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How Grandparents Can Best Help With College Costs

Options include cash gifts and funding a 529, but beware the financial aid impact.

Adam Zoll, 09/28/2012

Question: I want to help my grandchildren pay for college, but I don't want to affect financial aid eligibility. What's the best way to help?

Answer: Helping pay for a grandchild's college education is an admirable goal, especially given the financial strain college can put on families. But before your clients start writing checks to help out their grandkids, make sure they have taken care of their own financial needs. If there's any question about whether they've saved enough for their own retirement, they're better off letting the grandkids and their parents fund college on their own. After all, they'll have plenty of opportunities to borrow money for college if they need to, but no financial institution will loan your clients money for their retirement.

Once they've determined they're financially secure enough to help, it's time to think about what strategy best suits not only their situation but also that of their kids and grandkids. There are several different ways grandparents, aunts, uncles, friends--pretty much anyone--can help students with college costs, but don't decide on any one path until you've considered all the implications.

The Complications of a Cash Gift
The easiest, most straightforward way for a nonparent to help a student pay for college is with a cash gift to the student or to his or her parents. Gift tax rules allow any individual to give another individual up to $13,000 per year ($26,000 from a couple) without the gift counting against the lifetime estate tax exemption. But there's a problem with this approach--aside from the fact that there's no guarantee the recipient will use the money for the purpose you intend--and it comes into play for students applying for need-based financial aid.

On the Free Application for Federal Student Aid, or FAFSA, the most widely used financial aid application, cash given directly to a student the year before he or she applies may be considered student income, reducing need-based aid by as much as 50% of the amount given. (For dependent students, the first $6,130 in income received does not affect aid, but anything beyond that is subject to the 50% reduction.) To make matters worse, money held in the student's name is treated as a student asset, reducing aid by another 20%. So that gift of $13,000 could end up costing the student up to $9,100 in financial aid. Cash given to the parents counts as a parental asset, though not as parental income, and also counts against financial aid, but at a much lower rate of up to 5.64%. That means a $13,000 gift made to the parents would potentially cost the student just $733 in financial aid. Much better, but still not ideal.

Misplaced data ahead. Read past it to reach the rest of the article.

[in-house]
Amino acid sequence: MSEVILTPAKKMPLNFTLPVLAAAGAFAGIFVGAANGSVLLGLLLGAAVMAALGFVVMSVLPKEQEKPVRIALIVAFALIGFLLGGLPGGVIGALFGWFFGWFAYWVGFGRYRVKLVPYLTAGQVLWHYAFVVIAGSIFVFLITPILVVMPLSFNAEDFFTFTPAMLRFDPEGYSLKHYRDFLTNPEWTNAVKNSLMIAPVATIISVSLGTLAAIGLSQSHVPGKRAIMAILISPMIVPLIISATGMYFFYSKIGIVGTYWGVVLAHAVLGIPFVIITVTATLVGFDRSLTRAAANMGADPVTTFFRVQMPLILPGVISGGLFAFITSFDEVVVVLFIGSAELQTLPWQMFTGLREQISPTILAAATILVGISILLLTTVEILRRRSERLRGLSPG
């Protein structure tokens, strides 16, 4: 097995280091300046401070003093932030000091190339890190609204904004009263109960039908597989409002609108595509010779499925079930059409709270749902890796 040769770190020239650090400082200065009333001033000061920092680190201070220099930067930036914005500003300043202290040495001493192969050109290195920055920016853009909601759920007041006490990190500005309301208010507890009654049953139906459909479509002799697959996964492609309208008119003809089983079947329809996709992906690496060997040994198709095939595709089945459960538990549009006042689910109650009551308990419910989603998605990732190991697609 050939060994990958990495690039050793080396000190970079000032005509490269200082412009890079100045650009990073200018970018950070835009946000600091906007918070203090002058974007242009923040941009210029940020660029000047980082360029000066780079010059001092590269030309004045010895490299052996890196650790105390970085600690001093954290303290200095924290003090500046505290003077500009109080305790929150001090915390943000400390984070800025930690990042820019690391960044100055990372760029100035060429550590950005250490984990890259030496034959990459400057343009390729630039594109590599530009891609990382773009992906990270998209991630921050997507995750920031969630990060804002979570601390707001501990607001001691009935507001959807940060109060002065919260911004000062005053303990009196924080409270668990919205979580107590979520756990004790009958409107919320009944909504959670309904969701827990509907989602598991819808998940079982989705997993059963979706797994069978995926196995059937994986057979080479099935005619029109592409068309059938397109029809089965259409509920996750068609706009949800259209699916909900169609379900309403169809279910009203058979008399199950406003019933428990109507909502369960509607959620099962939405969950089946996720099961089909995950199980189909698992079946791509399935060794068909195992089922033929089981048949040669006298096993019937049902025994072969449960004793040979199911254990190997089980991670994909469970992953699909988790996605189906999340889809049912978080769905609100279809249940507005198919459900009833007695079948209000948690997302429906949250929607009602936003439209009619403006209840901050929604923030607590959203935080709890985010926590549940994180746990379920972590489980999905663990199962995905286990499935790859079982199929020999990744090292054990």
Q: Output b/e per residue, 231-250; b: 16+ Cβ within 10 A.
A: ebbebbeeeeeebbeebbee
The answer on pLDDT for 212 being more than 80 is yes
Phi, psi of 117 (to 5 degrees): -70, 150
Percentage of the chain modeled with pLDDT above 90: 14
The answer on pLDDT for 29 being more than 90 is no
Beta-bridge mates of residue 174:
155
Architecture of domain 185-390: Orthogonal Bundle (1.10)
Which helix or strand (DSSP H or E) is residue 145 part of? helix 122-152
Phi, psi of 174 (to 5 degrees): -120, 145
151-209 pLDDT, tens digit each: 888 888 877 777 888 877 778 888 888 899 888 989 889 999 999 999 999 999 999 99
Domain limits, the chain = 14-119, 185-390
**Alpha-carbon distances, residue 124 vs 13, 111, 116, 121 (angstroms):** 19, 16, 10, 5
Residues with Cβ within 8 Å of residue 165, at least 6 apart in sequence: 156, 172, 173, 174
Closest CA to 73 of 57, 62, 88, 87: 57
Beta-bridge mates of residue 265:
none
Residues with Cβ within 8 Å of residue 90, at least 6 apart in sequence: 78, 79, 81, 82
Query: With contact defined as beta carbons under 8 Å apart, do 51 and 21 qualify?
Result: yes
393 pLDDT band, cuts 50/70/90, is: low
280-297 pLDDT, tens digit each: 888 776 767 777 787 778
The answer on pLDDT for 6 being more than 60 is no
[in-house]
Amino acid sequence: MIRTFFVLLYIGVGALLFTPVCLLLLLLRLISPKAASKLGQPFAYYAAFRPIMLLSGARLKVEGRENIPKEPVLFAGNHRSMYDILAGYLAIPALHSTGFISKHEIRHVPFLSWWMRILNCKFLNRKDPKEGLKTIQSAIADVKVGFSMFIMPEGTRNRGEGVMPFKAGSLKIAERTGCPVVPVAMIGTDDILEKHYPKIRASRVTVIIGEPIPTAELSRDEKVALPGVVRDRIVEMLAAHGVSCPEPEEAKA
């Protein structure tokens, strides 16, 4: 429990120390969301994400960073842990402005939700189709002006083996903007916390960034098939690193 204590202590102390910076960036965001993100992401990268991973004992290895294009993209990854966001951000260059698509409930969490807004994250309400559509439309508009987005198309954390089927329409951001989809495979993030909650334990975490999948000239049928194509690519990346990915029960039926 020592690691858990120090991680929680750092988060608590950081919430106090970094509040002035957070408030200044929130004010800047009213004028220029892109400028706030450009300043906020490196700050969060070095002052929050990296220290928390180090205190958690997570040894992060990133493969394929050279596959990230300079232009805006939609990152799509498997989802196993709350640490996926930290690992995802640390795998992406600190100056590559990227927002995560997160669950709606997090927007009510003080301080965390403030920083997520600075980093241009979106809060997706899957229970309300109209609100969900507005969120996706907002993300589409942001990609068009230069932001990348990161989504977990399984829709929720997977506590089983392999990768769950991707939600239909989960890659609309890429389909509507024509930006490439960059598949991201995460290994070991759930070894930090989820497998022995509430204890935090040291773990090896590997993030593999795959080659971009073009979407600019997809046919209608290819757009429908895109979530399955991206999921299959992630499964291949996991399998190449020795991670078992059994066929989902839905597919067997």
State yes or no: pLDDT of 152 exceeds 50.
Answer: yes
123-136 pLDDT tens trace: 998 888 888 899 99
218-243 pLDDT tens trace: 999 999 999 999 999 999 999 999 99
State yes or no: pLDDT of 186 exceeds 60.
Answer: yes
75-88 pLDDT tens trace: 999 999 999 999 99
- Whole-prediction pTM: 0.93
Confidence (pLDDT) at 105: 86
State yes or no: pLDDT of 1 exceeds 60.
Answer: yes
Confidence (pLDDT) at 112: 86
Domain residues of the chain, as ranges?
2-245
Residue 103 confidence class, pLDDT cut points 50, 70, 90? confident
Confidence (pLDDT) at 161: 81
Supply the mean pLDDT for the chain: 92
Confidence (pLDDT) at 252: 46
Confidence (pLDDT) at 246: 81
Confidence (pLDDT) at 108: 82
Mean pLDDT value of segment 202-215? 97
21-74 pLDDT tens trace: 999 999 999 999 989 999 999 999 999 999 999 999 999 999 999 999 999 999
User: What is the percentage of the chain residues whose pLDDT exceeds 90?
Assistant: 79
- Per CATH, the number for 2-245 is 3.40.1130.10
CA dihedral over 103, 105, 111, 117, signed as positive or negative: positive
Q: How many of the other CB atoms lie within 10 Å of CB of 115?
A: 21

To avoid any financial aid impact with a cash gift, keep in mind that the FAFSA takes into account income from the prior year in determining need-based aid. So cash given to a student the year before he or she enters college--as a high school graduation present, for example--could reduce the amount of need-based aid the student receives the following year. To avoid this, your clients may consider giving the money when they know the student will not be applying for aid the next year. That could mean giving money before Jan. 1 of the student's junior year of high school or after Jan. 1 of the student's final year of college. (If the latter, be sure the student will not be applying for aid for further studies the following year.)

Lending a Hand With Loans
Another approach that is even cleaner is for grandparents to offer to help pay back the student's loans. By waiting until the student is done with school, they avoid financial aid concerns and help ease the student's debt burden as the student enters the workforce. Mark Kantrowitz, publisher of financial aid website FinAid.org, says that for many grandparents, this option makes the most sense.

"When deciding how to contribute to a grandchild's college education, grandparents should consider the impact of their contributions on the student's eligibility for need-based financial aid, the impact on gift taxes, and the impact on estate planning. Often the best option is to wait until after the student graduates and then help the student pay off his or her student loans as a graduation present," Kantrowitz said.

Adam Zoll is an assistant site editor with Morningstar.com


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